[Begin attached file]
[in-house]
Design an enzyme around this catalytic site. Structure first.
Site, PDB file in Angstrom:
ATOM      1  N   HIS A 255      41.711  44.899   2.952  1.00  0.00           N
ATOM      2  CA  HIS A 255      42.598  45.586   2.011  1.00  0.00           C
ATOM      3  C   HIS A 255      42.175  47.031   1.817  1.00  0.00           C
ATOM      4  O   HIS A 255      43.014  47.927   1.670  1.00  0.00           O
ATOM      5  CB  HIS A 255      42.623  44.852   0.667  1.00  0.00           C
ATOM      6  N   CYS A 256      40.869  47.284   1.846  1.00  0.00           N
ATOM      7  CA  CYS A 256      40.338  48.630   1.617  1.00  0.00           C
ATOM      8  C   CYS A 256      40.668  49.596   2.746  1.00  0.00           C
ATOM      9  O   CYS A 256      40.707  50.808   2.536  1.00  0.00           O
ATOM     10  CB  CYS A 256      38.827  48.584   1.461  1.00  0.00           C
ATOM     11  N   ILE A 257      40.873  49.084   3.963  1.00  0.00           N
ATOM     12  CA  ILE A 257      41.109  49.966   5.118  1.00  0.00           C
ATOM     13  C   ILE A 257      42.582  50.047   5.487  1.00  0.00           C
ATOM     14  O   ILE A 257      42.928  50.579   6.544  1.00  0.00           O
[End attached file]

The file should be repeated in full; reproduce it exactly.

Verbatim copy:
[in-house]
Design an enzyme around this catalytic site. Structure first.
Site, PDB file in Angstrom:
ATOM      1  N   HIS A 255      41.711  44.899   2.952  1.00  0.00           N
ATOM      2  CA  HIS A 255      42.598  45.586   2.011  1.00  0.00           C
ATOM      3  C   HIS A 255      42.175  47.031   1.817  1.00  0.00           C
ATOM      4  O   HIS A 255      43.014  47.927   1.670  1.00  0.00           O
ATOM      5  CB  HIS A 255      42.623  44.852   0.667  1.00  0.00           C
ATOM      6  N   CYS A 256      40.869  47.284   1.846  1.00  0.00           N
ATOM      7  CA  CYS A 256      40.338  48.630   1.617  1.00  0.00           C
ATOM      8  C   CYS A 256      40.668  49.596   2.746  1.00  0.00           C
ATOM      9  O   CYS A 256      40.707  50.808   2.536  1.00  0.00           O
ATOM     10  CB  CYS A 256      38.827  48.584   1.461  1.00  0.00           C
ATOM     11  N   ILE A 257      40.873  49.084   3.963  1.00  0.00           N
ATOM     12  CA  ILE A 257      41.109  49.966   5.118  1.00  0.00           C
ATOM     13  C   ILE A 257      42.582  50.047   5.487  1.00  0.00           C
ATOM     14  O   ILE A 257      42.928  50.579   6.544  1.00  0.00           O